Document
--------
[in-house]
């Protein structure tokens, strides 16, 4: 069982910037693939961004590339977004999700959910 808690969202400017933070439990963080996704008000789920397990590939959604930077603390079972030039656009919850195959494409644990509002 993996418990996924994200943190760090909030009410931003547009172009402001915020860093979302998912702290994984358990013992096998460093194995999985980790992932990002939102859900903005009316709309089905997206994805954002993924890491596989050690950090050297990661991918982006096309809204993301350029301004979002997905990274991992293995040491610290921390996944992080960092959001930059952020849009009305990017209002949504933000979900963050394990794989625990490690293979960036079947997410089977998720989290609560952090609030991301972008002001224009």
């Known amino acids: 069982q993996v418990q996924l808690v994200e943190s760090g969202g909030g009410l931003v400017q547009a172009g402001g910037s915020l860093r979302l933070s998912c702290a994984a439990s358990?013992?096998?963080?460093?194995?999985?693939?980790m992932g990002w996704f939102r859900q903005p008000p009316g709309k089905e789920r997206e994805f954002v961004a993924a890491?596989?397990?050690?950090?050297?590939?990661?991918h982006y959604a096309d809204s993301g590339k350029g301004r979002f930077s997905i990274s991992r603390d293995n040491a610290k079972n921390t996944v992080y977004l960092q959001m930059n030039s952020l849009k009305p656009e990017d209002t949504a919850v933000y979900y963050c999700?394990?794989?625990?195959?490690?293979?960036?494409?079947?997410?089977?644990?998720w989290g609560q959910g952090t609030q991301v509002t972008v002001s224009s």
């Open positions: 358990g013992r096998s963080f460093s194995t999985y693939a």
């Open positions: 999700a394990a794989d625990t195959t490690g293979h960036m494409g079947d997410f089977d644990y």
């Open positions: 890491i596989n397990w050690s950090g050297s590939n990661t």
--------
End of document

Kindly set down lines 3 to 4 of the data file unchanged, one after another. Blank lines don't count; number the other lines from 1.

């Known amino acids: 069982q993996v418990q996924l808690v994200e943190s760090g969202g909030g009410l931003v400017q547009a172009g402001g910037s915020l860093r979302l933070s998912c702290a994984a439990s358990?013992?096998?963080?460093?194995?999985?693939?980790m992932g990002w996704f939102r859900q903005p008000p009316g709309k089905e789920r997206e994805f954002v961004a993924a890491?596989?397990?050690?950090?050297?590939?990661?991918h982006y959604a096309d809204s993301g590339k350029g301004r979002f930077s997905i990274s991992r603390d293995n040491a610290k079972n921390t996944v992080y977004l960092q959001m930059n030039s952020l849009k009305p656009e990017d209002t949504a919850v933000y979900y963050c999700?394990?794989?625990?195959?490690?293979?960036?494409?079947?997410?089977?644990?998720w989290g609560q959910g952090t609030q991301v509002t972008v002001s224009s």
């Open positions: 358990g013992r096998s963080f460093s194995t999985y693939a």